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Does the Birkin Handbag Represent a Market of Its Own?

Does the Birkin Handbag Represent a Market of Its Own?

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The luxury design company Hermès is facing allegations of engaging in unlawful practices by “tying” the purchase of its popular Birkin bags to the purchase of other luxury clothing and accessory items, as claimed in a class-action lawsuit filed in the US. According to the lawsuit, two California shoppers stated that they were compelled to buy additional Hermès products from various categories such as apparel, scarves, and homeware before being allowed to purchase Birkin handbags from the Paris-based brand.

Hermès is renowned for its famous Birkin and Kelly handbags (collectively referred to as “Birkin handbags”), which are exclusive Hermès designs. Birkin handbags cannot be purchased through the Hermès website; instead, consumers can only buy them by physically visiting a Hermès retail store. However, unlike most consumer products, consumers cannot simply walk into a Hermès retail store, select the Birkin handbag they desire, and make a purchase. Birkin handbags are almost never publicly displayed for sale at Hermès retail stores. In fact, only consumers deemed worthy of purchasing a Birkin handbag will be shown one in a private room.

Hermès Sales Associates are responsible for selecting consumers qualified to purchase Birkin handbags. These sales associates are directed by Hermès to offer Birkin handbags only to consumers who have established a sufficient “purchase history” with Hermès’ ancillary products. Only after a consumer has a sufficient purchase history will they be given the opportunity to purchase a Birkin. Hermès has designed the compensation structure of sales associates to ensure they adhere to the policy of only selling Birkin handbags to consumers with a sufficient purchase history of ancillary products.

The plaintiffs allege that consumers are coerced into purchasing ancillary products from Hermès because they want to buy Birkin Handbags, which represents the anti-competitive conduct of tying. Specifically, the lawsuit alleges that Hermès has enough economic power in the tying market, the Birkin Handbag, to affect competition in the tied market, ancillary products. Furthermore, the main argument of the plaintiffs is that the tying product, the Birkin Handbags, is separate and distinct from the tied products, the ancillary products required to be purchased by consumers because consumers such as plaintiffs have alternative options for the ancillary products and would prefer to choose among them independently of their decision to purchase Birkin handbags.

Another argument cited in the lawsuit is the company’s commission structure for sales associates, which allegedly incentivizes promoting the categories of ancillary products over Birkin handbags. Over the years, feedback from Hermès customers indicates that the company’s sales associates have adopted a more stringent approach, reserving Birkin handbags exclusively for clients who make significant purchases across various other categories.From the perspective of intellectual property legislation in South-Eastern Europe, trademark holders possess the exclusive right to utilize a specific mark in commerce. While ‘monopoly’ may be an unpopular term, trademark rights are exactly that – a monopoly. They essentially grant trademark holders considerable leeway to exploit this exclusivity. Hermès has invested significantly in its reputation as a luxury brand and the aura surrounding it. Now, through trademark rights, it induces consumers into a shopping spiral. This seems legitimate, as these products are not essential consumer goods, and fashionistas have the option to choose other brands.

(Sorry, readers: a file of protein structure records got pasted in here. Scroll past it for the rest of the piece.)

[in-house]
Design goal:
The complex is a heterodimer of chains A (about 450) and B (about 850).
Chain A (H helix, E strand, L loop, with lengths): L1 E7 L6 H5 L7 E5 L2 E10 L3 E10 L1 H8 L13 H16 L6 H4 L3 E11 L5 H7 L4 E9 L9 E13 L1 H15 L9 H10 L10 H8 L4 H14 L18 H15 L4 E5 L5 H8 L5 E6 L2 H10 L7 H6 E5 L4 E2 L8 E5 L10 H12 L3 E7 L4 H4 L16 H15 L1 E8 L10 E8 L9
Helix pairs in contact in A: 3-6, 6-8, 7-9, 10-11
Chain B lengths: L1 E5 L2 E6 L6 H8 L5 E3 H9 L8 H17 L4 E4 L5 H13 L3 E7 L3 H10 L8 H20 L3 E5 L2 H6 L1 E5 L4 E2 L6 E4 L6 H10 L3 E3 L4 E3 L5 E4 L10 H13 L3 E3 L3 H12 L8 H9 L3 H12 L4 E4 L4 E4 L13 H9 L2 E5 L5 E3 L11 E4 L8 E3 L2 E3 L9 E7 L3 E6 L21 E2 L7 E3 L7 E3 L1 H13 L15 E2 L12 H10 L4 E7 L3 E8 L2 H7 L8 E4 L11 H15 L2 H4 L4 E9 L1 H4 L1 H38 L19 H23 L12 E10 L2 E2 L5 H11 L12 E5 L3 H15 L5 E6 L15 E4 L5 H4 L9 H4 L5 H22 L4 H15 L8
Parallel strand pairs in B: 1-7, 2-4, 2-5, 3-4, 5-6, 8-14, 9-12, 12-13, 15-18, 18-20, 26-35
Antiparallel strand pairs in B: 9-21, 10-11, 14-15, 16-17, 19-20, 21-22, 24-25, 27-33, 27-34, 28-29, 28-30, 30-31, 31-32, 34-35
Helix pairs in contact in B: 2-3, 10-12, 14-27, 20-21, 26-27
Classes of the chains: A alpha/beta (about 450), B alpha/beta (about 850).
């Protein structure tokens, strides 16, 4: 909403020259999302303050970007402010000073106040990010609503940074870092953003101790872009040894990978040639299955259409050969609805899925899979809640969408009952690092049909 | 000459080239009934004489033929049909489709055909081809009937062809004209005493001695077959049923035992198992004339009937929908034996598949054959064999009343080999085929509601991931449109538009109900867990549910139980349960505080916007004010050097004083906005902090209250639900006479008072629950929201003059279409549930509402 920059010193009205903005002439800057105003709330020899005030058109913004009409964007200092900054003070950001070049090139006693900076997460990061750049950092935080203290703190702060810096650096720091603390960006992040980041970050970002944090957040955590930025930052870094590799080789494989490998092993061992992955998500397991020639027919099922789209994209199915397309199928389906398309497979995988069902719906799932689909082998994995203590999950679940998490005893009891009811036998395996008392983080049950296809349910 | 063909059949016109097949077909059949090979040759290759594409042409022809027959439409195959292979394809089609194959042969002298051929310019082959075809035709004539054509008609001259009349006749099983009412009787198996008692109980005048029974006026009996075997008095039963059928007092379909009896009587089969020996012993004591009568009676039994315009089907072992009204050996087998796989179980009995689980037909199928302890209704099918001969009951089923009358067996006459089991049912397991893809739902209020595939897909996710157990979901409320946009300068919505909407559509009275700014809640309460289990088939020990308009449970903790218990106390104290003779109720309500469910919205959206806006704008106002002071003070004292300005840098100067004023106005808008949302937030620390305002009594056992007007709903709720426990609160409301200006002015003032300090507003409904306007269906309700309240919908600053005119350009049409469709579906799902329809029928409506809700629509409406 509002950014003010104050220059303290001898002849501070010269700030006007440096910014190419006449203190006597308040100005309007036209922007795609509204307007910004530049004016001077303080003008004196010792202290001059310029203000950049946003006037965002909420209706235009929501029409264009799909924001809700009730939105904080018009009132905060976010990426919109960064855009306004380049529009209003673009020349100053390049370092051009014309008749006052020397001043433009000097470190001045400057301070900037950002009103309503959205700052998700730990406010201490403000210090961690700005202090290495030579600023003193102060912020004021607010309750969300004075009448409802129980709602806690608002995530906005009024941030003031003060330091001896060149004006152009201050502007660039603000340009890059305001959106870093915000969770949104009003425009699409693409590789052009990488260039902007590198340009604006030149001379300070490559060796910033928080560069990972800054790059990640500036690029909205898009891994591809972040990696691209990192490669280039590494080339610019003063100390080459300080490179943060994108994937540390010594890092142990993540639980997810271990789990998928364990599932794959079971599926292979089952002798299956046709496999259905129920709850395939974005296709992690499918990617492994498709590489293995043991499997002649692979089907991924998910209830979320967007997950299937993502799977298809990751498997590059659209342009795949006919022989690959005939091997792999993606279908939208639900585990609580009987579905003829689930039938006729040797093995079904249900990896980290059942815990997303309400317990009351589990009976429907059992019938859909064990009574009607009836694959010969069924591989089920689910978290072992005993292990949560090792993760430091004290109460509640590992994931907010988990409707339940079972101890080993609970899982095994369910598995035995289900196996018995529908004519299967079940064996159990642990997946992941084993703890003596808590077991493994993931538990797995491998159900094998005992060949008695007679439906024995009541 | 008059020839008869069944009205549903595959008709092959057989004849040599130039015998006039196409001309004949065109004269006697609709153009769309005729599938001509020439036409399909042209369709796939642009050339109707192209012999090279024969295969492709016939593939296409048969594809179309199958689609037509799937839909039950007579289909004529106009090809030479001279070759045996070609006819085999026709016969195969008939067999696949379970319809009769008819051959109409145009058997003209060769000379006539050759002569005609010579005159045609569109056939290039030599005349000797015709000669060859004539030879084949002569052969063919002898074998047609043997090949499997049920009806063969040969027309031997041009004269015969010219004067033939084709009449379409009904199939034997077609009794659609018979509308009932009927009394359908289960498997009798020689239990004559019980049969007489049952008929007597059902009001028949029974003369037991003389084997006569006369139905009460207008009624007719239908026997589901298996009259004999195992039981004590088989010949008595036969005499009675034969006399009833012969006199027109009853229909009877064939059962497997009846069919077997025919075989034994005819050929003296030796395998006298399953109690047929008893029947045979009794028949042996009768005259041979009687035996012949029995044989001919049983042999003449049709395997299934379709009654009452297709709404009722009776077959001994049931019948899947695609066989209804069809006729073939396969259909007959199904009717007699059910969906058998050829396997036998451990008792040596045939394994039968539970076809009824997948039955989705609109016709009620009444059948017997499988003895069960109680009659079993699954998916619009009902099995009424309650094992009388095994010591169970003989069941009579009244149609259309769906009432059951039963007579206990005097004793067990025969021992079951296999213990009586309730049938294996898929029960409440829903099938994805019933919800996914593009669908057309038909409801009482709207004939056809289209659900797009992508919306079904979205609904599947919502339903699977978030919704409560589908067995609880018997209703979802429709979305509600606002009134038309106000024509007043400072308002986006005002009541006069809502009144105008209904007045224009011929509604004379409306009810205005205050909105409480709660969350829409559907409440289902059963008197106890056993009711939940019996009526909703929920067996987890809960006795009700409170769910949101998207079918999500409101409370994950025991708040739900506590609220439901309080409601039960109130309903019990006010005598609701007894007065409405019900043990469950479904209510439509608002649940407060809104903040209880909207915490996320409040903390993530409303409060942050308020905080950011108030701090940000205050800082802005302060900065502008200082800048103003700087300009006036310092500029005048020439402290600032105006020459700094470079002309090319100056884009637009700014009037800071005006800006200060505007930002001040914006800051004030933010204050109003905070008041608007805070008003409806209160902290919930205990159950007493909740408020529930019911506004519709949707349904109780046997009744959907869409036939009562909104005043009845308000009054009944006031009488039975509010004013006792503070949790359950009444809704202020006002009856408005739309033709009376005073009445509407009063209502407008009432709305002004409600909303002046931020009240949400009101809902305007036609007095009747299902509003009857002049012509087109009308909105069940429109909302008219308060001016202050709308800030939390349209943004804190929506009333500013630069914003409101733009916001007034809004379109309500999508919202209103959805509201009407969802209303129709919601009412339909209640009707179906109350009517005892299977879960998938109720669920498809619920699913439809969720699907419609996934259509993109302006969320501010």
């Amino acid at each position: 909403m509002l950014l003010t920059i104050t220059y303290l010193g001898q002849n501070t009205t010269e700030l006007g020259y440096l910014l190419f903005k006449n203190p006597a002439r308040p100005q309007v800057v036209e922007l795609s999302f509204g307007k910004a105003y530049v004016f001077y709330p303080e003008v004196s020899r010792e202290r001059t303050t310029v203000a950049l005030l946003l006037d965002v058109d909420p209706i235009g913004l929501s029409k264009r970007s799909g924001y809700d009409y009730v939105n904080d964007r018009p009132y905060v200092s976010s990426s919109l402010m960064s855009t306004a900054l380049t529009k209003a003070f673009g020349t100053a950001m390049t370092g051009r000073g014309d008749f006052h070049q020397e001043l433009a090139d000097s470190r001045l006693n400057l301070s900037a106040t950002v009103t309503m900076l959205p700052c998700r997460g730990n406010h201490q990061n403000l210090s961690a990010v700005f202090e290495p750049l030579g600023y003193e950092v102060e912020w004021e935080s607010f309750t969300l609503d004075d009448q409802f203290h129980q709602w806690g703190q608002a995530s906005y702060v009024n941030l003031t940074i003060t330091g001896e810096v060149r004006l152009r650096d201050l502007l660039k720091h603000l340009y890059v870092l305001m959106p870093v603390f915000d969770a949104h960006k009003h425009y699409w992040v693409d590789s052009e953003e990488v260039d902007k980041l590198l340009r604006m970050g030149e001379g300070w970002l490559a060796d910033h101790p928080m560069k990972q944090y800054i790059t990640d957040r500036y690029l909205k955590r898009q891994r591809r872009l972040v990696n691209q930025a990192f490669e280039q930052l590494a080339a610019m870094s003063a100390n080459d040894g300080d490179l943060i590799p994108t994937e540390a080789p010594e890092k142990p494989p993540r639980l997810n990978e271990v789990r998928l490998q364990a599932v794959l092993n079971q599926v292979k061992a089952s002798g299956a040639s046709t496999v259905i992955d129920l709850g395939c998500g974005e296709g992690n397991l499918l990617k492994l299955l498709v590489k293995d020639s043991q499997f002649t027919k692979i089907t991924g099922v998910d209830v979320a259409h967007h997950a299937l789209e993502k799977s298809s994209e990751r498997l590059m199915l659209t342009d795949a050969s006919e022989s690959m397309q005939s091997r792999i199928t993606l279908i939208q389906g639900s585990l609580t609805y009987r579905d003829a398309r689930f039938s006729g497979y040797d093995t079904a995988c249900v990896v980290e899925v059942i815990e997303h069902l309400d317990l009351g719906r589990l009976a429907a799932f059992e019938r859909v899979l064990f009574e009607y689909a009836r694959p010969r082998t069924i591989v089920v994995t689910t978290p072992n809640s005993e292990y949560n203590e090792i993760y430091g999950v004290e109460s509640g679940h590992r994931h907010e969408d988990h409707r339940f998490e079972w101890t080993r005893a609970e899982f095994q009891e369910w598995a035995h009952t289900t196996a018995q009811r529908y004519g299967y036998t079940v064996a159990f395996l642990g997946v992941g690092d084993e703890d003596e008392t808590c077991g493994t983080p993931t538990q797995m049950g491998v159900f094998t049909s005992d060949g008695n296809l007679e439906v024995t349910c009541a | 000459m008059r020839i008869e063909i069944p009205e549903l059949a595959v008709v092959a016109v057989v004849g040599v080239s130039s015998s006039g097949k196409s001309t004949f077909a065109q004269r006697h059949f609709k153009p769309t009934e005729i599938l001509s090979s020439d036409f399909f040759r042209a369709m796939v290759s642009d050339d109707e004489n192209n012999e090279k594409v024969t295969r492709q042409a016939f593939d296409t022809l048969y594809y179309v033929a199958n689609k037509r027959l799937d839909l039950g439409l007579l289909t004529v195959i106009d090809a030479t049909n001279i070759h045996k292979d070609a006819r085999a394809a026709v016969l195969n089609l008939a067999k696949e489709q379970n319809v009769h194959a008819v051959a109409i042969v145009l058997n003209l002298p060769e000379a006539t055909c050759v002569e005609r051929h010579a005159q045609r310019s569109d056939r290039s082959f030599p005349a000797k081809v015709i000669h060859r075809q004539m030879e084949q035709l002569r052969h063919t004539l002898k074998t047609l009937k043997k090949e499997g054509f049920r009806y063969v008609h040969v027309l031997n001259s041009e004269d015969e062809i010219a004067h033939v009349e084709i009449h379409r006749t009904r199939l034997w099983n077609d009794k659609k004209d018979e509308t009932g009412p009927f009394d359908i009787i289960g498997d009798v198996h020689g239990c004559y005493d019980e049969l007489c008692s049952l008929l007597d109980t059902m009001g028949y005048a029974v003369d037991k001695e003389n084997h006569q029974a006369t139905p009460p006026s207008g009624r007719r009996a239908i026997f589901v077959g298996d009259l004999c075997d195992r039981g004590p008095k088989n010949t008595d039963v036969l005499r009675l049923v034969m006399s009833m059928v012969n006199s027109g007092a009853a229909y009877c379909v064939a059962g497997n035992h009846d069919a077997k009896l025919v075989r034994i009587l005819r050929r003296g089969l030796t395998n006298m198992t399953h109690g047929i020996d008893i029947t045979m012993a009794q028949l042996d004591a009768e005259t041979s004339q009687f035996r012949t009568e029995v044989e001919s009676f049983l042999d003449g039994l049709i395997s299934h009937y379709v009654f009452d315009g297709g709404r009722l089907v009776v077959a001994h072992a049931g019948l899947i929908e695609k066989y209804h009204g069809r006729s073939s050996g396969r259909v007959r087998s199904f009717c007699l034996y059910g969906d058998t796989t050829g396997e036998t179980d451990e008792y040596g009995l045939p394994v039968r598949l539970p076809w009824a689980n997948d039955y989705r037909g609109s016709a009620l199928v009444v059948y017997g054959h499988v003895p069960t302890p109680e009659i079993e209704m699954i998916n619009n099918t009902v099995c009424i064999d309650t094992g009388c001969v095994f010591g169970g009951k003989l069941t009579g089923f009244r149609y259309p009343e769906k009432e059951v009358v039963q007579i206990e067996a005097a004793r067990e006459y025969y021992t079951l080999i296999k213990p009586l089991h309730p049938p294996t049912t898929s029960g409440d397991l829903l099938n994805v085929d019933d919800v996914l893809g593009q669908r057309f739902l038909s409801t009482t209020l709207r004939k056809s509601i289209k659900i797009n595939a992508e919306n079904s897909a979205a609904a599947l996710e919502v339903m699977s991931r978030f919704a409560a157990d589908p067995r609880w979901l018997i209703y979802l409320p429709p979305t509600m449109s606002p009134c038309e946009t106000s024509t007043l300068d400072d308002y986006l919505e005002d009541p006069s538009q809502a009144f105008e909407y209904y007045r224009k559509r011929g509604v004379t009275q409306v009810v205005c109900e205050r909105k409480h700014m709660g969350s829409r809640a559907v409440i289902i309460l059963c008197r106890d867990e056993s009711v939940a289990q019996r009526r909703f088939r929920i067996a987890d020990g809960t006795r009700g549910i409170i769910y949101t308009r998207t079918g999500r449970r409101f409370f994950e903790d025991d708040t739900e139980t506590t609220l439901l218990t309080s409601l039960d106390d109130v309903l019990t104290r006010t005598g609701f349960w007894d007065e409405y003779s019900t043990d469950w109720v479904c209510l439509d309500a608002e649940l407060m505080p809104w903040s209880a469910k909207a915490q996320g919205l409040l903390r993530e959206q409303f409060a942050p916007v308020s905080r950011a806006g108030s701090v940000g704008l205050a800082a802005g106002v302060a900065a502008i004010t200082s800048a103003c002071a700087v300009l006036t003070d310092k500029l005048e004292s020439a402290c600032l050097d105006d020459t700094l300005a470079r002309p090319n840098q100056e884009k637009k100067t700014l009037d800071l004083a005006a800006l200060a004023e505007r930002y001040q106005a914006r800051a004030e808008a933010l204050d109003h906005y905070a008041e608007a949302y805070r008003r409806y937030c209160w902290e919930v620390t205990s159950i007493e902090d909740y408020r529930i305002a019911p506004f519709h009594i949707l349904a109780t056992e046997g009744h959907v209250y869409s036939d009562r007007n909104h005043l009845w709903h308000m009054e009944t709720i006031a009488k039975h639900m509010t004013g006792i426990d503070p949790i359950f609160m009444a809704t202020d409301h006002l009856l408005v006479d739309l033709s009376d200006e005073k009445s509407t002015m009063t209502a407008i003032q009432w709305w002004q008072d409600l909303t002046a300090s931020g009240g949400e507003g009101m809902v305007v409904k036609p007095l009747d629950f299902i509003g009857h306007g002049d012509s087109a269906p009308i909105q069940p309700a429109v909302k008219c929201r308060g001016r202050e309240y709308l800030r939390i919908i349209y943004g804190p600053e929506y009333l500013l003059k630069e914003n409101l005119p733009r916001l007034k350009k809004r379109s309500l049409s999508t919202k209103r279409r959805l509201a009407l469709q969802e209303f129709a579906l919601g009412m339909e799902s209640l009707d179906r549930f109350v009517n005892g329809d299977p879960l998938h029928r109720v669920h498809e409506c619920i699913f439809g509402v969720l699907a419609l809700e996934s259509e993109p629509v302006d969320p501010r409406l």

It remains to be seen how the US court will decide on the matter. Should the plaintiffs’ arguments prevail, Hermès may be compelled to amend its practices.

The information in this document does not constitute legal advice on any particular matter and is provided for general informational purposes only.

By Bojana Miljanovic Hussey, Partner, Nikola Kliska, Senior Associate, and Sanja Dedovic, Associate, Karanovic & Partners

Serbia Knowledge Partner

SOG in cooperation with Kinstellar is a full-service business law firm in Serbia that provides foreign and domestic clients with premium-quality legal advice and assistance across a wide range of key areas of corporate law. The firm was founded in 2015 by a group of seasoned, internationally-trained lawyers. SOG has developed a distinctively dynamic culture, bringing together top talent, fostering entrepreneurship, and maintaining exceptional relationships with its clients.

SOG has achieved consistent growth in the volume of its business, accompanied by an exponential increase in the number of hired associate lawyers and the firm’s network of business contacts. SOG has a robust client base of multinationals, investment and private equity firms, and financial institutions. Clients praise SOG for being commercially minded, very responsive and knowledgeable.

Establishing permanent cooperation with Kinstellar is part of realising SOG's long-term development strategy to be the leading provider of legal services in the Western Balkans market.

Firm's website: https://www.kinstellar.com/

 

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